How would you react? You’re meandering around a state archives checking out holdings and looking for a long lost ancestor. You find an old memoir about the early history of the area where your ancestors lived. Curious, you find an article about the very ancestor you’d been so far unable to find.
Astonished, you read that your long lost ancestor was the most notorious, well-publicized murderer in early American history. “No!” you mumble. “This can’t be him.”
That’s exactly what happened to me.
At first I thought, “This is a different Nixon Curry.” I checked the 1800, 1810, and 1820 census? There were none! Of course not, because my Nixon Curry was either too young or was in jail. It’s not like Nixon Curry was a common name. I had to know more. I spent years searching libraries, archives, genealogical records across the country. This was long before the Internet. Then, a second clue. While visiting my daughter, I drove over to the state archives of Kansas in Topeka and found a copy of Blum’s Centennial Almanac. Among the witty quotes, seasonal weather forecasts, and practical household hints, were five unbelievable tales from America’s first hundred years. The life story of Nixon Curry was one of the stories.
According to the story, the Currys were poor immigrants who settled in North Carolina. Nixon’s father was a Presbyterian minister “of irreproachable character.” At the age of six, Nixon met the love of his life, Lucy Gordon, whose parents were “among the wealthiest aristocracy of Carolina.” As the story goes, “… at seventeen, when Lucy’s relatives were endeavoring to force her into the arms of another, she fled with the lover of her childhood.” Pursued, Nixon Curry “shot his rival, a proud Gordon, dead … then escaped with his bride.” Blum claimed that Nixon became a robber out of necessity, but he never killed anyone except in self-defense. When the Governor placed a $5,000 reward on Nixon’s head, he and Lucy disappeared.
Later, in territorial Arkansas “there came an emigrant calling himself John Hill who soon succeeded in acquiring universal popularity.” Hill was “sober, industrious, generous and hospitable” and was “repeatedly elected to the territorial legislature where he distinguished himself.” You guessed it! In Arkansas territory Nixon becomes a well-liked, highly respected, popular citizen.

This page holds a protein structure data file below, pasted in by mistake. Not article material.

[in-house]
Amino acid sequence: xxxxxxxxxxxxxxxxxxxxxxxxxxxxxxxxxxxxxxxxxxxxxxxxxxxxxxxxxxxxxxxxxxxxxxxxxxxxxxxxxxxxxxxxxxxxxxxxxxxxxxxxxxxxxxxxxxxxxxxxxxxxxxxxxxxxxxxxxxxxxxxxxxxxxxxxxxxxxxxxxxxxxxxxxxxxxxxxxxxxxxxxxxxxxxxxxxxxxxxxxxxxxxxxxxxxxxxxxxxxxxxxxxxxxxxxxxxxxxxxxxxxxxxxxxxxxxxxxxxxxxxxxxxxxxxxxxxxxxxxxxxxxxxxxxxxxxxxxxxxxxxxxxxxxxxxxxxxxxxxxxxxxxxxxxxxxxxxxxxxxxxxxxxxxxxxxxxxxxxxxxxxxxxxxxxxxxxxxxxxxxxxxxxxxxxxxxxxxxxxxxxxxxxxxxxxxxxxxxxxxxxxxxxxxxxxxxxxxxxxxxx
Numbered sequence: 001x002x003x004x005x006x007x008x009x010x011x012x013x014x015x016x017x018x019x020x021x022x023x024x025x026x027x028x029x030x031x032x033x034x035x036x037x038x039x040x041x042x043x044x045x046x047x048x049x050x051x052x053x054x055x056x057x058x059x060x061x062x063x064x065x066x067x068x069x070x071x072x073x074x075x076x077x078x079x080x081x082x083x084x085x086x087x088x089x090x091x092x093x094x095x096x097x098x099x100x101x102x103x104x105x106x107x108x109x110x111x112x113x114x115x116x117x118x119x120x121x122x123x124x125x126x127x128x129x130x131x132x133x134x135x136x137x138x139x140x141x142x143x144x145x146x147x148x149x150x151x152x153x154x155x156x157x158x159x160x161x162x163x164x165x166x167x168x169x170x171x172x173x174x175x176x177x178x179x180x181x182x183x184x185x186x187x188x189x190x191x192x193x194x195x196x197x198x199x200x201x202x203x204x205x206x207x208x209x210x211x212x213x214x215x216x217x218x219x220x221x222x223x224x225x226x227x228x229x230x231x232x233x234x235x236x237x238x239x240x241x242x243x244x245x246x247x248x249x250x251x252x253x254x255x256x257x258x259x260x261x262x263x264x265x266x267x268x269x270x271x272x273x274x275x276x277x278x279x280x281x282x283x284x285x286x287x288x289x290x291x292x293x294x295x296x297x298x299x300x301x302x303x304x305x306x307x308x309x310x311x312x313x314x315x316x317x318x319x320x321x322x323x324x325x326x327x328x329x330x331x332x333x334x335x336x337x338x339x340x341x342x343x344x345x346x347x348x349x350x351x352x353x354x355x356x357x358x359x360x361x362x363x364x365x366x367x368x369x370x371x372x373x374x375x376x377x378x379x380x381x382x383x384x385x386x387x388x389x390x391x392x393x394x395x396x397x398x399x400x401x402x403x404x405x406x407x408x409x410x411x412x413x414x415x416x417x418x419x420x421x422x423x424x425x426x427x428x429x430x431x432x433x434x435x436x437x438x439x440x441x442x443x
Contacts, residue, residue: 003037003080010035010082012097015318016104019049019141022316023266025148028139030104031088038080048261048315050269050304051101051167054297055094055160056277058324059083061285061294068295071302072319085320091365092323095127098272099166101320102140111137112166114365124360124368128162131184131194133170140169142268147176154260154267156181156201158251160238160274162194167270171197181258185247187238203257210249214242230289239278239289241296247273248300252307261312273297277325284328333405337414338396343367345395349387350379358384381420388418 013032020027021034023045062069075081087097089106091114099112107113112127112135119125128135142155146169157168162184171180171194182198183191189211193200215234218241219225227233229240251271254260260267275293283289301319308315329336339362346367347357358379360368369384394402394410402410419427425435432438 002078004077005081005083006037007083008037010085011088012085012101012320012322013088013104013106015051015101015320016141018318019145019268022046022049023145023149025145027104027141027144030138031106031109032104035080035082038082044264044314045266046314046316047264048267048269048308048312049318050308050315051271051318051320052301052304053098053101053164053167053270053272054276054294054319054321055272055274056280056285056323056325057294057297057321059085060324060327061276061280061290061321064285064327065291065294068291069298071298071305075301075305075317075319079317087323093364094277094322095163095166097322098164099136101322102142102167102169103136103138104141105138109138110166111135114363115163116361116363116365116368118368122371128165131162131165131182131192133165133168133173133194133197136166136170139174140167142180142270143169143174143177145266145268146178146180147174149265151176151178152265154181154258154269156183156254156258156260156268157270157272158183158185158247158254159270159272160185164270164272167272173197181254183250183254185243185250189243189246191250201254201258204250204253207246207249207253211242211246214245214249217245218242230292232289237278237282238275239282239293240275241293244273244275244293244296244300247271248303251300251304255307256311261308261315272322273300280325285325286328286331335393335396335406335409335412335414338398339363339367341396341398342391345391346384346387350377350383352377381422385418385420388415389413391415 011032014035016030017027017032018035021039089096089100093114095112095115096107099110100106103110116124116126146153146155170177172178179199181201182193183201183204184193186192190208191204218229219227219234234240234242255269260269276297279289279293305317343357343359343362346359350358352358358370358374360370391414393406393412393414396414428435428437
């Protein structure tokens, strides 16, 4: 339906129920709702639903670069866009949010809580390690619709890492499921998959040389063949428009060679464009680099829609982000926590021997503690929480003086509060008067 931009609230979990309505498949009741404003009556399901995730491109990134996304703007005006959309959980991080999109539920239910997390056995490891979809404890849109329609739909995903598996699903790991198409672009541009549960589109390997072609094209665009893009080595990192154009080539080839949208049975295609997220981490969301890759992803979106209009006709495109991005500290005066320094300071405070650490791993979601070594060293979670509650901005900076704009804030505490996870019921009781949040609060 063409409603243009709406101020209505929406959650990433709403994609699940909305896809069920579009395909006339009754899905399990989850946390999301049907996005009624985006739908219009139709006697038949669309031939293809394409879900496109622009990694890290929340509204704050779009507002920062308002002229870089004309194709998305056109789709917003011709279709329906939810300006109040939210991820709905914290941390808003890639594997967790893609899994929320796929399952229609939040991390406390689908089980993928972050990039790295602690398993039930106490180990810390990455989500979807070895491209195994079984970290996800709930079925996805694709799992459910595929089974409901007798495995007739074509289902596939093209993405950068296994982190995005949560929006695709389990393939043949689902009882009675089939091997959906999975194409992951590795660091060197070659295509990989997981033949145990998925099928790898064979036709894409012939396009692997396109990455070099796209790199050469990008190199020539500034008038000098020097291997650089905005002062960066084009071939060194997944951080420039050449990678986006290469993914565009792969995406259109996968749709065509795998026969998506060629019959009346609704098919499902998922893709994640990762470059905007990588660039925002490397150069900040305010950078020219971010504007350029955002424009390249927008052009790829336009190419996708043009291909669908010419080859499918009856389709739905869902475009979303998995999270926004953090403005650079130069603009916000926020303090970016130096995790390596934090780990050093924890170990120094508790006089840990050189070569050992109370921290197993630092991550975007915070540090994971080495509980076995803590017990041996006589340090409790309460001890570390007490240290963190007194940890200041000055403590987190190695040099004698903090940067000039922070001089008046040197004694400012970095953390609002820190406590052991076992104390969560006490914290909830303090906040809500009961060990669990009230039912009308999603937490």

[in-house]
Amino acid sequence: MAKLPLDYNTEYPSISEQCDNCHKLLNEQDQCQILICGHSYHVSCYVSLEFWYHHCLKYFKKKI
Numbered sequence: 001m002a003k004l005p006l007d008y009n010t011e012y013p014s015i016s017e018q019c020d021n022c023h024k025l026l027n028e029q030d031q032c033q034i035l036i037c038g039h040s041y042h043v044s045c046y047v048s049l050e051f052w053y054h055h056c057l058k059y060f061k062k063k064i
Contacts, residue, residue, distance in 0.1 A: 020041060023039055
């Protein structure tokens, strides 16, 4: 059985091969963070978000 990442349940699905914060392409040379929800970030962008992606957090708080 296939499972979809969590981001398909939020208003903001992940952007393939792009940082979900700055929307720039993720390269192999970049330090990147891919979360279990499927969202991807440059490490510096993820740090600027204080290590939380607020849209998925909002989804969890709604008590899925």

The first third of the article covering Nixon Curry’s antics in North Carolina seemed questionable: falling in love at age six, killing a member of the area’s wealthiest family. It seemed a stretch. But the second third was beyond believable. This young, talented youngster becomes a highly respected politician who is repeatedly elected to the territorial legislator and is wildly popular. I questioned the accuracy of the article. Then I read the last third and quickly rejected the whole story as pure journalistic sensationalism.
According to Blum, when a group of migrating North Carolinians recognized John Hill as Nixon Curry, Hill was taken into custody but his supporters convinced the sheriff to release him. The next night a posse catches him racing home and a member of the posse is killed by one of Nixon’s supporters. Hill escapes into the Ozark Mountains with his family and children. When Hill’s political party wins control of the newly formed State, the law does not pursue him any further. After living in western Arkansas for many years, his daughter’s engagement is announced. Nixon and his future son-in-law ride into town and enter the local bar to celebrate the engagement. Drunk, John Hill gets into an argument with one of the patrons that soon turns into a fight. John Hill’s future son-in-law tries to pull John off his attacker and the three men tumble and John is stabbed with his own knife. He dies on the spot.
By now, one would expect the story to be over but Blum has more. Hill’s daughter goes insane and her fiancé escapes to Texas. Four years later, Hill’s son takes his father’s rifle and heads to Texas. Finally, the story ends in Scotland where Hill’s son gives a deathbed confession about who John Hill really was and how he revenged his father’s death.